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Paul Pascal (1937-2018)

A constant presence at the Wilson Building as long-time lobbyist for District alcohol wholesalers, Paul Pascal helped create the modern institutions that govern the sale of liquor in DC. An attorney with a practice located for decades on Capitol Hill, he was one of the founders of the business improvement district (BID) largely responsible for the neighborhood’s immaculate condition. An elder in the Union Market merchant community, Pascal catalyzed its recent redevelopment.

Some individuals leave the world a significantly different place than they found it.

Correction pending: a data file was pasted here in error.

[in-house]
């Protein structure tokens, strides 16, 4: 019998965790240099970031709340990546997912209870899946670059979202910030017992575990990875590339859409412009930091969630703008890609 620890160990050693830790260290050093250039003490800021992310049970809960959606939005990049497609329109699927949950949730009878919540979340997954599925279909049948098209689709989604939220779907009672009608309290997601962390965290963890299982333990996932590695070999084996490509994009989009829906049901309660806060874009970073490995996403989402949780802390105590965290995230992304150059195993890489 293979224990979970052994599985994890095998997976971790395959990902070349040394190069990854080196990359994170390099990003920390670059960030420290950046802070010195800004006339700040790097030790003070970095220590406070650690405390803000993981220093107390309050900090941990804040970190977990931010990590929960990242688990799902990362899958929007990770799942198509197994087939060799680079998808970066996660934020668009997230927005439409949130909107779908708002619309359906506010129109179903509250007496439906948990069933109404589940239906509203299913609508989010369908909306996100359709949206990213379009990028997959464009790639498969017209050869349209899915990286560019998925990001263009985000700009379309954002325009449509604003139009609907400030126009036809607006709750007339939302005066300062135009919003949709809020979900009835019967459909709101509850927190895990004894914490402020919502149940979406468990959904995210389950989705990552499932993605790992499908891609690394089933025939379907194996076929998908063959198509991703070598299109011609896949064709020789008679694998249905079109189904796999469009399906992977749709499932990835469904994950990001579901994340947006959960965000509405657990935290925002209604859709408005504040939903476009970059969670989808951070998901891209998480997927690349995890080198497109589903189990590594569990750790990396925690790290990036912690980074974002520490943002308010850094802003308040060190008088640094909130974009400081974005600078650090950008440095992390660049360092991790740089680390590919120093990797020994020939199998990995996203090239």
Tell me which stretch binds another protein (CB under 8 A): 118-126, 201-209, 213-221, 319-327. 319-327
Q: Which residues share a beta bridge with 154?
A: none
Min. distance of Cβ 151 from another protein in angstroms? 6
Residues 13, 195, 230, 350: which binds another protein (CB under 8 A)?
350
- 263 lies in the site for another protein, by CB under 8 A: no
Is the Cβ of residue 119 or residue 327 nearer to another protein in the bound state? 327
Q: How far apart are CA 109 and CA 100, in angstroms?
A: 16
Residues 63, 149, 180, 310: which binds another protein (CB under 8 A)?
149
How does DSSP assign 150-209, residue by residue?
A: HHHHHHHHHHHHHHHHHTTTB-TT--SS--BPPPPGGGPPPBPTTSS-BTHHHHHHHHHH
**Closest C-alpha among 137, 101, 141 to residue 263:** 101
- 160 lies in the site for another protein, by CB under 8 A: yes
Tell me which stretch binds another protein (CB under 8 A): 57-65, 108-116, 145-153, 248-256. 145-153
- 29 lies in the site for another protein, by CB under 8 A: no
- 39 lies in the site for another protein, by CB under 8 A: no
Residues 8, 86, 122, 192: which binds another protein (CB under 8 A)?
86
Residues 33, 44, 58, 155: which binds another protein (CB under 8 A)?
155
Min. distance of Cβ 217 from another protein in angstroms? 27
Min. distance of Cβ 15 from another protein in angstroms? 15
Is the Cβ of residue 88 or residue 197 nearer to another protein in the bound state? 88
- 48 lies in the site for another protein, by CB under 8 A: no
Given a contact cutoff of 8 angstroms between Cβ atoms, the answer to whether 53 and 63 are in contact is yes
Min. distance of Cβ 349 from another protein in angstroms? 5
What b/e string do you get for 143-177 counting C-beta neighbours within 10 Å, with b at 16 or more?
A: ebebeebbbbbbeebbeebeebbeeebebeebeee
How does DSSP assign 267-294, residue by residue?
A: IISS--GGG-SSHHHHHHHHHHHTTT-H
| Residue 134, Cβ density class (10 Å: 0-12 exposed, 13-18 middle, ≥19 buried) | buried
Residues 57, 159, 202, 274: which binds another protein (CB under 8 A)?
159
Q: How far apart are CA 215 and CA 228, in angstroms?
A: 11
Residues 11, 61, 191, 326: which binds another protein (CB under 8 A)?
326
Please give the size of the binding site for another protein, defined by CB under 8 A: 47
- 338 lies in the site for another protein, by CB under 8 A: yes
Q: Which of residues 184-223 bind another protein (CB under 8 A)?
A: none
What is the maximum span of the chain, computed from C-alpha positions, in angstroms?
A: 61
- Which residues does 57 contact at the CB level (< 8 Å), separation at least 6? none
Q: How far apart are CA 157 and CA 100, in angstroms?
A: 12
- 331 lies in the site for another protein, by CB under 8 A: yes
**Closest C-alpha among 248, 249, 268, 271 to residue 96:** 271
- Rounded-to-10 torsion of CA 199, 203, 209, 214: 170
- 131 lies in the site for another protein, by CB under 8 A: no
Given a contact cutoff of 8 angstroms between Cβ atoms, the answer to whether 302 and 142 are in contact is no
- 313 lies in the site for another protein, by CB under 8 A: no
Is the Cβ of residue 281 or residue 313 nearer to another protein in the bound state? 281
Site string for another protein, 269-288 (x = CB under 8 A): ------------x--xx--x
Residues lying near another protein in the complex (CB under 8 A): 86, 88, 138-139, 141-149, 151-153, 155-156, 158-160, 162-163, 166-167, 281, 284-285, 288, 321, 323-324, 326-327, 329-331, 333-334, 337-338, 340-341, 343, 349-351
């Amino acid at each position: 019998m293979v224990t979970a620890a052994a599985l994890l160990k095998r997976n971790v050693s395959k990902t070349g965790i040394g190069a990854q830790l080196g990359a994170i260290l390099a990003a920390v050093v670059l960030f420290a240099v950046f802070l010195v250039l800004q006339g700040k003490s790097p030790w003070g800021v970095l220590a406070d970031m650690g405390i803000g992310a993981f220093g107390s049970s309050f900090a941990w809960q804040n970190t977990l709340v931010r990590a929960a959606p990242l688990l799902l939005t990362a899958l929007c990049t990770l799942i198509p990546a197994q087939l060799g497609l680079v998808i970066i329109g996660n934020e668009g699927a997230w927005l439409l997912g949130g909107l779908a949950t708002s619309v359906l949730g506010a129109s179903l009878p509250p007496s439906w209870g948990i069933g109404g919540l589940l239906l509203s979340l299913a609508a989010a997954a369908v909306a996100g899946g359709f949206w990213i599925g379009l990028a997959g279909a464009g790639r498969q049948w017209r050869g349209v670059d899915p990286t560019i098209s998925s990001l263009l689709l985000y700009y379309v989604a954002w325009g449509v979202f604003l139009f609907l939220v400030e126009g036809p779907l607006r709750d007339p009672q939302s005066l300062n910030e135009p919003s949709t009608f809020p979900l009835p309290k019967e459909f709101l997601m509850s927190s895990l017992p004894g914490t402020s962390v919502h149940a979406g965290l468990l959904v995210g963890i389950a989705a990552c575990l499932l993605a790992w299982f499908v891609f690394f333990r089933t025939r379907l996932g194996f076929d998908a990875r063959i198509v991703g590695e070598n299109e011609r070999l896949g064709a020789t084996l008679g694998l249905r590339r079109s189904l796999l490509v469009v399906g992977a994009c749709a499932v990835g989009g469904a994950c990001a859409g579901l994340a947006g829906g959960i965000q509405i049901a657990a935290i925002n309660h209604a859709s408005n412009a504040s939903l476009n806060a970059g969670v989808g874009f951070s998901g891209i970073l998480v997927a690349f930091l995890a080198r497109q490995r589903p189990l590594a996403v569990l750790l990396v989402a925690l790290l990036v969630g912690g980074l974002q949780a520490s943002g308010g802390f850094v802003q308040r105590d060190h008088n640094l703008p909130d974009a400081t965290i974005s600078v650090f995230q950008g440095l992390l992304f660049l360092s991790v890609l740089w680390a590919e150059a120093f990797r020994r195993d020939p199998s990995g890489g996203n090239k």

On April 9, 2018, Pascal passed away after battling cancer. He was 80 years of age.

Early Life

A native Washingtonian, born in 1937, Paul Leonard Pascal was raised in old Southwest, the son of Leo and Rose Pascal and stepmother Frieda Pascal. The Southwest of Pascal’s childhood was a racially mixed, working-class neighborhood of rowhouses and alley homes abutting an active harbor. The friendships he made on its streets would last him a lifetime. At age 12, Pascal moved with his family to Prince George’s County.

A gifted musician, after graduating high school, Pascal quickly earned a place in the Air Force band as a bassoonist in 1955. That same year, he met his wife Brenda Kolker at a friend’s sweet-16 party. The two married in 1958.